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Irish state-owned utility ESB buys 7MWh stake in UK grid storage

The 7MWh Mill Farm battery facility in Grantham is ESB's first foray into utility-scale battery storage. Image: Anesco.

Irish state utility ESB has confirmed its entry into the UK grid-scale energy storage market with the purchase of a 7MWh facility from developer Anesco.

ESB (Electricity Supply Board) has acquired the Mill Farm battery storage project, based near Grantham in Lincolnshire, east central England, for an undisclosed sum, the two companies confirmed this morning.

The facility, funded and developed by Anesco, went live in April 2018. While the project was unsuccessful in its attempt to land a Capacity Market contract earlier this year, Anesco said it would be used to provide grid support services to transmission network operator National Grid.

Anesco will continue to monitor the site under its O&M arm. The company made a name for itself in energy storage industry reporting after it became one of the earliest renewables developers to co-locate battery storage with solar farms in the UK. This included a ruling in September 2017 that some of the company’s solar farms could retain existing accreditation for financial support under government schemes after the addition of energy storage.   

Jim Dollard, executive director of generation and wholesale markets at ESB, said the acquisition marked “another important milestone” for the utility and would enable it to develop enhanced expertise in battery storage.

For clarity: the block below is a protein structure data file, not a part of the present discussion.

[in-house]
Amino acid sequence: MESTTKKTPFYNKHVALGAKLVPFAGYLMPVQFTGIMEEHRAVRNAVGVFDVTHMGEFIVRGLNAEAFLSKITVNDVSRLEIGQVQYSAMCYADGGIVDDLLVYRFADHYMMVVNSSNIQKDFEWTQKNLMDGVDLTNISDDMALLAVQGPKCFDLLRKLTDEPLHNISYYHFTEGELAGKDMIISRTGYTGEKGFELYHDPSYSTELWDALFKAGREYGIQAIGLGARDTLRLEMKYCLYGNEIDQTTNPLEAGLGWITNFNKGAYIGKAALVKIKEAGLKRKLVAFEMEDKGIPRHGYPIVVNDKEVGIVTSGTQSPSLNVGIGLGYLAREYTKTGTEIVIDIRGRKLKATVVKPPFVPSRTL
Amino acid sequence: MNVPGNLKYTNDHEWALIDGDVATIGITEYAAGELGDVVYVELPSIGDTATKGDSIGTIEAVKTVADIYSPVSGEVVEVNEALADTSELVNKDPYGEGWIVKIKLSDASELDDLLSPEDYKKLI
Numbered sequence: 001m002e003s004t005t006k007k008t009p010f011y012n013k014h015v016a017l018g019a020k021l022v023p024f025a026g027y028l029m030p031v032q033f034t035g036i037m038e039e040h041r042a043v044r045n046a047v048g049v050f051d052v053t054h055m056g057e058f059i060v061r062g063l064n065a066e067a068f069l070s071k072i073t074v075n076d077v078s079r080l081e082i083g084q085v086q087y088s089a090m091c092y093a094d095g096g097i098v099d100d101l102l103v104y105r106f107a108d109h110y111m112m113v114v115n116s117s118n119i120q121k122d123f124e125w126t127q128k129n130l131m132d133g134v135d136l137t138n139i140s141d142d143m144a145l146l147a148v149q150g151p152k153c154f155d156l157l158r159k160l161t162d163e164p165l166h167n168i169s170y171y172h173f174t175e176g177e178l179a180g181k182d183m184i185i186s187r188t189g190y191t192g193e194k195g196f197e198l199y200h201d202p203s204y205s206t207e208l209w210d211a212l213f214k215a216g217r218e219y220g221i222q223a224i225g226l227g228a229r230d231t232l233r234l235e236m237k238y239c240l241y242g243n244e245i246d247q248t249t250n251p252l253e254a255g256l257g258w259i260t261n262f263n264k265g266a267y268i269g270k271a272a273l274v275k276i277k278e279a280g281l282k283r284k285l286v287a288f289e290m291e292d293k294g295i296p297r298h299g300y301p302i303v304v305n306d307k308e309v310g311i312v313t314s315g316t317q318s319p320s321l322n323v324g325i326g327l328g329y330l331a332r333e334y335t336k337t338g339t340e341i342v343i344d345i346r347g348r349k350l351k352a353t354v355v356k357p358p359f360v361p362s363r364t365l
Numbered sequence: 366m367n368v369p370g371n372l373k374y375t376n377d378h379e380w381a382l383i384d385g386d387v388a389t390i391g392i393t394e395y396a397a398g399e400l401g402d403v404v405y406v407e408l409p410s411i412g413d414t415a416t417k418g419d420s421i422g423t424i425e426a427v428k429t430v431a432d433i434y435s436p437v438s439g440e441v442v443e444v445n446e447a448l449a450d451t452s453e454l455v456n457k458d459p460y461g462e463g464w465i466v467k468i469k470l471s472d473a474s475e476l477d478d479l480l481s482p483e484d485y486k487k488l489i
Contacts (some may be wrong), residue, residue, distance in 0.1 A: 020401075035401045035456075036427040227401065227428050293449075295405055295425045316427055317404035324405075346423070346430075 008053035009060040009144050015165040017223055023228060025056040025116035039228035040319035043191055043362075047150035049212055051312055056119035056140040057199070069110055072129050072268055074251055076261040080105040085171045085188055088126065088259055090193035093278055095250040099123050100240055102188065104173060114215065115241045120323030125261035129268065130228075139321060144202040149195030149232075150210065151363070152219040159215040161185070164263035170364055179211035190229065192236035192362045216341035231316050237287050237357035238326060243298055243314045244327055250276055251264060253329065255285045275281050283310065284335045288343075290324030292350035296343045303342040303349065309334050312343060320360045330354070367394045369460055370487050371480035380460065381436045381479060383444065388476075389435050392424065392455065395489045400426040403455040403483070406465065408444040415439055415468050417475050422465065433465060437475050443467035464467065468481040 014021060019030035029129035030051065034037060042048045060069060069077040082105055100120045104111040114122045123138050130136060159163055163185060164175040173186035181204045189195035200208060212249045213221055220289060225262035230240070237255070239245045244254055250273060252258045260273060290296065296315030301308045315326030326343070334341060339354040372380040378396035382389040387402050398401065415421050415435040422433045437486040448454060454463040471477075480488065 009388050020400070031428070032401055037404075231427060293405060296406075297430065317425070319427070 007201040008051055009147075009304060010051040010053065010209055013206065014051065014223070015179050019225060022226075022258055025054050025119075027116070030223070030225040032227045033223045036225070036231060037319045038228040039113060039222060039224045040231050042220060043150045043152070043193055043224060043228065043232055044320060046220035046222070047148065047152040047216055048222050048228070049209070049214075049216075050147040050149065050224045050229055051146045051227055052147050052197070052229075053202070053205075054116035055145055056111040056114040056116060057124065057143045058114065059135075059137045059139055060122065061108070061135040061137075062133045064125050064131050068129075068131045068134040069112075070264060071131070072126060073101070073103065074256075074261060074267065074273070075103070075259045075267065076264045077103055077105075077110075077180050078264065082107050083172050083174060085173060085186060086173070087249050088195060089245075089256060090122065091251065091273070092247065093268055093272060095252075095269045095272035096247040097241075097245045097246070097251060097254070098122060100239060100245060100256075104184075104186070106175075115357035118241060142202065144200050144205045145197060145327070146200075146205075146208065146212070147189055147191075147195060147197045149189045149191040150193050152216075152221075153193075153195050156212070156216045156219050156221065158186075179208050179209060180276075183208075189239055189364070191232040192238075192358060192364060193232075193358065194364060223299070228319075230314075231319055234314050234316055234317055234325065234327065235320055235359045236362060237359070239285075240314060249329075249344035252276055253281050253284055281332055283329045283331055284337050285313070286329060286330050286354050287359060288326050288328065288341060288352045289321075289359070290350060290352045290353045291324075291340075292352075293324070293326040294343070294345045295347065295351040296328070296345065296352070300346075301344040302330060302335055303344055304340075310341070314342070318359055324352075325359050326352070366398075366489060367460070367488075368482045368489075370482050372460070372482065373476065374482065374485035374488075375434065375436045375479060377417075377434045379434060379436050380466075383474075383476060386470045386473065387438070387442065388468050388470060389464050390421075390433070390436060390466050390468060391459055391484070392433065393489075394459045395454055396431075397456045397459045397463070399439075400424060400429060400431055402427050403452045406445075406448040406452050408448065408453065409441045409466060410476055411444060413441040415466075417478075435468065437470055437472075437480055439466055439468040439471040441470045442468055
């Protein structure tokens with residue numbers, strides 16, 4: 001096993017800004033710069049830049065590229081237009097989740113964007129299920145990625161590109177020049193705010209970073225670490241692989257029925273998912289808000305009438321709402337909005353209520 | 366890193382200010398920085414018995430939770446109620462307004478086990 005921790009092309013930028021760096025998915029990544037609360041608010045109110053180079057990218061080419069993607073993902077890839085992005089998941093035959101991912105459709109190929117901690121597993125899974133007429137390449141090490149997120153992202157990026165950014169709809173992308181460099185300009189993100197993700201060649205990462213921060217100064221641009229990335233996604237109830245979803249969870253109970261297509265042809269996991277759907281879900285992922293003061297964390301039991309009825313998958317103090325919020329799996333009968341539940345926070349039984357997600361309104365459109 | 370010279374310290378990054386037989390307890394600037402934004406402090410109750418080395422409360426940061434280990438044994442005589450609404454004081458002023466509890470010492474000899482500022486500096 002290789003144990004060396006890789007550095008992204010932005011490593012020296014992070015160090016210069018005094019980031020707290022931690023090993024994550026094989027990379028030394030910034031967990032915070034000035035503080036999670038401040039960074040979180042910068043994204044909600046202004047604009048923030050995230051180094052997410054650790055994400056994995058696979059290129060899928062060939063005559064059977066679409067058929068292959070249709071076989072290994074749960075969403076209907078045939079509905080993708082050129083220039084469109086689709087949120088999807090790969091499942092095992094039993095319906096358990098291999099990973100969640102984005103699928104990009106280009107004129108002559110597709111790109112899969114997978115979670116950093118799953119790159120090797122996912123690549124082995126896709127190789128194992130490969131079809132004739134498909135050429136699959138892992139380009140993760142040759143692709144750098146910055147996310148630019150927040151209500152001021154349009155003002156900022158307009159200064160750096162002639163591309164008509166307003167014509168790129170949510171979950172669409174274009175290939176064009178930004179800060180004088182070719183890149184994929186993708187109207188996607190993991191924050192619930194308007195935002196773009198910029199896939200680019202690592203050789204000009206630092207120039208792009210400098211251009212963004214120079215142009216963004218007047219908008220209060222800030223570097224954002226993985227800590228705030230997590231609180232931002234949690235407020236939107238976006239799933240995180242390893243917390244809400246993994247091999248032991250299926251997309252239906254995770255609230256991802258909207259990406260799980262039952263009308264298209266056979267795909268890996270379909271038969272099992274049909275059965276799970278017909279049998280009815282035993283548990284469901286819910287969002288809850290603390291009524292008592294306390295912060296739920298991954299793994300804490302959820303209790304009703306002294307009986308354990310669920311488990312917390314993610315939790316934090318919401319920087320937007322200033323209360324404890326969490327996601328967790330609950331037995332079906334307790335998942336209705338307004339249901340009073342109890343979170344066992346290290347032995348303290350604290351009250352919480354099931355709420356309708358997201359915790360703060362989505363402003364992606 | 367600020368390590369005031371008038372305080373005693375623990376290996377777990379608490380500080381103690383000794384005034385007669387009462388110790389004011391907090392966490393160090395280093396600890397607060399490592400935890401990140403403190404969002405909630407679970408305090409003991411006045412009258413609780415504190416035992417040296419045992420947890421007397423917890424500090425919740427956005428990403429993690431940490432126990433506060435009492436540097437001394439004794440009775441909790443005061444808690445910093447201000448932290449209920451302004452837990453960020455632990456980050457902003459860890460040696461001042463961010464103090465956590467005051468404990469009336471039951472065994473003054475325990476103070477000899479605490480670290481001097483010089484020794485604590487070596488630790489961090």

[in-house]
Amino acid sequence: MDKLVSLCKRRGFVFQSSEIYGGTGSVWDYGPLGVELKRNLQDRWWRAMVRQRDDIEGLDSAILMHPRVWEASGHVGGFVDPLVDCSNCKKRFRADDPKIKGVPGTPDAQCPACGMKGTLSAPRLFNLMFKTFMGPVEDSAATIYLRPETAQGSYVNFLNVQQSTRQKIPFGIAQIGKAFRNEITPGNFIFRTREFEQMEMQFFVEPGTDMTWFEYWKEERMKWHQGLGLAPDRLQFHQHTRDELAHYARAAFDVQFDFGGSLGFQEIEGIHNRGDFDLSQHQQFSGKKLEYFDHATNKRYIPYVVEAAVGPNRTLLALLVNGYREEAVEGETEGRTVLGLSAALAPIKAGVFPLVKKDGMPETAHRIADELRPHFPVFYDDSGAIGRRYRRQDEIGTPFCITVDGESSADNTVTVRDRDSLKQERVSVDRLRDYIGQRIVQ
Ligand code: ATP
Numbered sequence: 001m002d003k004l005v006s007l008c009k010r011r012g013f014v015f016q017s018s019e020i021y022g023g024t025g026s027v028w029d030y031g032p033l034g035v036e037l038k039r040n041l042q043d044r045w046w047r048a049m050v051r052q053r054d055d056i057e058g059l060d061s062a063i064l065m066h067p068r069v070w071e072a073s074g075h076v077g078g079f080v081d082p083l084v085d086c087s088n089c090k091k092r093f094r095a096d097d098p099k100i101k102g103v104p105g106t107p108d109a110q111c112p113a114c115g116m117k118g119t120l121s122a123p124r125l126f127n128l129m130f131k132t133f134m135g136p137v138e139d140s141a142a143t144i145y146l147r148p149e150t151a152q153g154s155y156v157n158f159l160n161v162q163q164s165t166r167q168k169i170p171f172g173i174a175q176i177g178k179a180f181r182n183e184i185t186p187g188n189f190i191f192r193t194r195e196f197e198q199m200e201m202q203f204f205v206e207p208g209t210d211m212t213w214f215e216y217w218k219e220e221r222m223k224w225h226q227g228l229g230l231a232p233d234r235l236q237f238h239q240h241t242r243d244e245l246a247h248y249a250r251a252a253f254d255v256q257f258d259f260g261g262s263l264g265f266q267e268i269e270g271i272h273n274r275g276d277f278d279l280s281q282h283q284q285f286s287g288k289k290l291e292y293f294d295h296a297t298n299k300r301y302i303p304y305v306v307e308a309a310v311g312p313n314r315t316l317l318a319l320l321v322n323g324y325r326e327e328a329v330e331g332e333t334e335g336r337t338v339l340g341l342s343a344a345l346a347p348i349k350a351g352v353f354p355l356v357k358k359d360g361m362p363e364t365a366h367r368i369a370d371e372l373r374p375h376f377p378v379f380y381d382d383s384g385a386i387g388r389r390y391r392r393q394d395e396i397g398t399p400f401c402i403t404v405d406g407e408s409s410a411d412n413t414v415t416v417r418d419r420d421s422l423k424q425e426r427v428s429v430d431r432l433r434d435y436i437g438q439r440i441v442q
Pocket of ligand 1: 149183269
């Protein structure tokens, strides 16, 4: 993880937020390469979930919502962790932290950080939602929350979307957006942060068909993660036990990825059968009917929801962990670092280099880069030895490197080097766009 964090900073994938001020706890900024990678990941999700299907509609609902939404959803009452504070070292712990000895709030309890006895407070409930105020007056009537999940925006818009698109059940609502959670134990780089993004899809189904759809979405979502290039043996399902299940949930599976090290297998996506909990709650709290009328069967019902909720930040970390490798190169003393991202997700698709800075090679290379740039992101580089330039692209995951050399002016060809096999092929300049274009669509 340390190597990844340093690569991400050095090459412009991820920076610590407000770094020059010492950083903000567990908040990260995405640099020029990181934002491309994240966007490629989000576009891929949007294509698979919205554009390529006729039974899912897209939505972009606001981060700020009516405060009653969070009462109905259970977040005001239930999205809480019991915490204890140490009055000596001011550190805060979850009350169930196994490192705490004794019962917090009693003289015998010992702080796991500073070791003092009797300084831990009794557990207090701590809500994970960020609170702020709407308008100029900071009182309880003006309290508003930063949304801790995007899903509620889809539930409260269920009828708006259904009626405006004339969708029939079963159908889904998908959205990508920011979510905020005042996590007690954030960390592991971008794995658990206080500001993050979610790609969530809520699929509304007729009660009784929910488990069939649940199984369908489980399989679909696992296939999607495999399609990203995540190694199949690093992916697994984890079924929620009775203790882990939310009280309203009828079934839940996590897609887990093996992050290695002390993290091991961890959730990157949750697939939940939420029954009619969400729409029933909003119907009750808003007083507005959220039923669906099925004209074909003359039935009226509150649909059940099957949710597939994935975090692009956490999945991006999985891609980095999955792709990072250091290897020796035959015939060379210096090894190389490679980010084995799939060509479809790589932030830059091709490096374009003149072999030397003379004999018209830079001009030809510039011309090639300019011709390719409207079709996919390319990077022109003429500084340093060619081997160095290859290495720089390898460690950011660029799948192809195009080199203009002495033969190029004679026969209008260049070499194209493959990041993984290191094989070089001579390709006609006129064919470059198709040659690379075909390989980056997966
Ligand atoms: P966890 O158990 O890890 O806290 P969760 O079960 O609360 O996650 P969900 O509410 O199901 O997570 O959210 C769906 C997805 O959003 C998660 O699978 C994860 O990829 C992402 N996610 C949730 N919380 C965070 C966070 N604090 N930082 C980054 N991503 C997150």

“This will help to make electricity systems more stable and reliable, while allowing for enhanced performance and flexibility of our existing and future plant,” he added.

Mill Farm will complement ESB’s existing range of electricity generation assets in the UK, which includes two CCGT plants, three onshore wind farms and a biomass facility.

It’s not ESB’s first foray into energy storage, however. In December 2017, the utility’s networks division threw its support behind StoreNet, a demonstrator project in Dingle which involves the installation of domestic batteries and linking them to form a virtual power plant (VPP).

This was followed up in April this year with a foray into commercial and industrial (C&I), as ESB took on the ownership and commercial operations of a 2MW Tesla battery at a glass packaging plant in Irvine, west Scotland. That project helps the glass company, Ardagh Glass, to lower its electricity costs, without Ardagh having to take on any investment risk.  

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